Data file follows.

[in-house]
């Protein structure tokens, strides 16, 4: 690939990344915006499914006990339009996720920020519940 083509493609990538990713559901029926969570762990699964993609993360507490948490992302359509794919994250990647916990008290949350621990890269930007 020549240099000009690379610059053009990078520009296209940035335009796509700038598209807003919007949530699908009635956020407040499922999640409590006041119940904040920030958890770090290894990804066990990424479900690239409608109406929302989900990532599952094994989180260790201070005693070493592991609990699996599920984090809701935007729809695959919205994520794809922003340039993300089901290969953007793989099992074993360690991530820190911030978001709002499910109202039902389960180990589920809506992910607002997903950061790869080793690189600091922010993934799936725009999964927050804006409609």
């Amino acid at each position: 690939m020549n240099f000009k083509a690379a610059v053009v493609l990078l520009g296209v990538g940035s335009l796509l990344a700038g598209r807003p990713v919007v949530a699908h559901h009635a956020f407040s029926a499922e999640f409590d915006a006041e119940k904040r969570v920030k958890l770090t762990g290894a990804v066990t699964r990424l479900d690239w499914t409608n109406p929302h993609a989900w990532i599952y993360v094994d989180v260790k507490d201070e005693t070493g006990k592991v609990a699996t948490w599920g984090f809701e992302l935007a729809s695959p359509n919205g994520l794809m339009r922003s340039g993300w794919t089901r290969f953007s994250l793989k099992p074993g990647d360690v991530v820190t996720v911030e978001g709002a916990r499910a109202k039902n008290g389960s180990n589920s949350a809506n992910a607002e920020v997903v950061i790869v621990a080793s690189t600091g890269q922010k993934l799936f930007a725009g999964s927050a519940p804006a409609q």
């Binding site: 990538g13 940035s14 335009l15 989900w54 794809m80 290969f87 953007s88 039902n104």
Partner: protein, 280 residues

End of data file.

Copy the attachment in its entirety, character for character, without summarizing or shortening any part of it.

[in-house]
């Protein structure tokens, strides 16, 4: 690939990344915006499914006990339009996720920020519940 083509493609990538990713559901029926969570762990699964993609993360507490948490992302359509794919994250990647916990008290949350621990890269930007 020549240099000009690379610059053009990078520009296209940035335009796509700038598209807003919007949530699908009635956020407040499922999640409590006041119940904040920030958890770090290894990804066990990424479900690239409608109406929302989900990532599952094994989180260790201070005693070493592991609990699996599920984090809701935007729809695959919205994520794809922003340039993300089901290969953007793989099992074993360690991530820190911030978001709002499910109202039902389960180990589920809506992910607002997903950061790869080793690189600091922010993934799936725009999964927050804006409609």
């Amino acid at each position: 690939m020549n240099f000009k083509a690379a610059v053009v493609l990078l520009g296209v990538g940035s335009l796509l990344a700038g598209r807003p990713v919007v949530a699908h559901h009635a956020f407040s029926a499922e999640f409590d915006a006041e119940k904040r969570v920030k958890l770090t762990g290894a990804v066990t699964r990424l479900d690239w499914t409608n109406p929302h993609a989900w990532i599952y993360v094994d989180v260790k507490d201070e005693t070493g006990k592991v609990a699996t948490w599920g984090f809701e992302l935007a729809s695959p359509n919205g994520l794809m339009r922003s340039g993300w794919t089901r290969f953007s994250l793989k099992p074993g990647d360690v991530v820190t996720v911030e978001g709002a916990r499910a109202k039902n008290g389960s180990n589920s949350a809506n992910a607002e920020v997903v950061i790869v621990a080793s690189t600091g890269q922010k993934l799936f930007a725009g999964s927050a519940p804006a409609q």
């Binding site: 990538g13 940035s14 335009l15 989900w54 794809m80 290969f87 953007s88 039902n104």
Partner: protein, 280 residues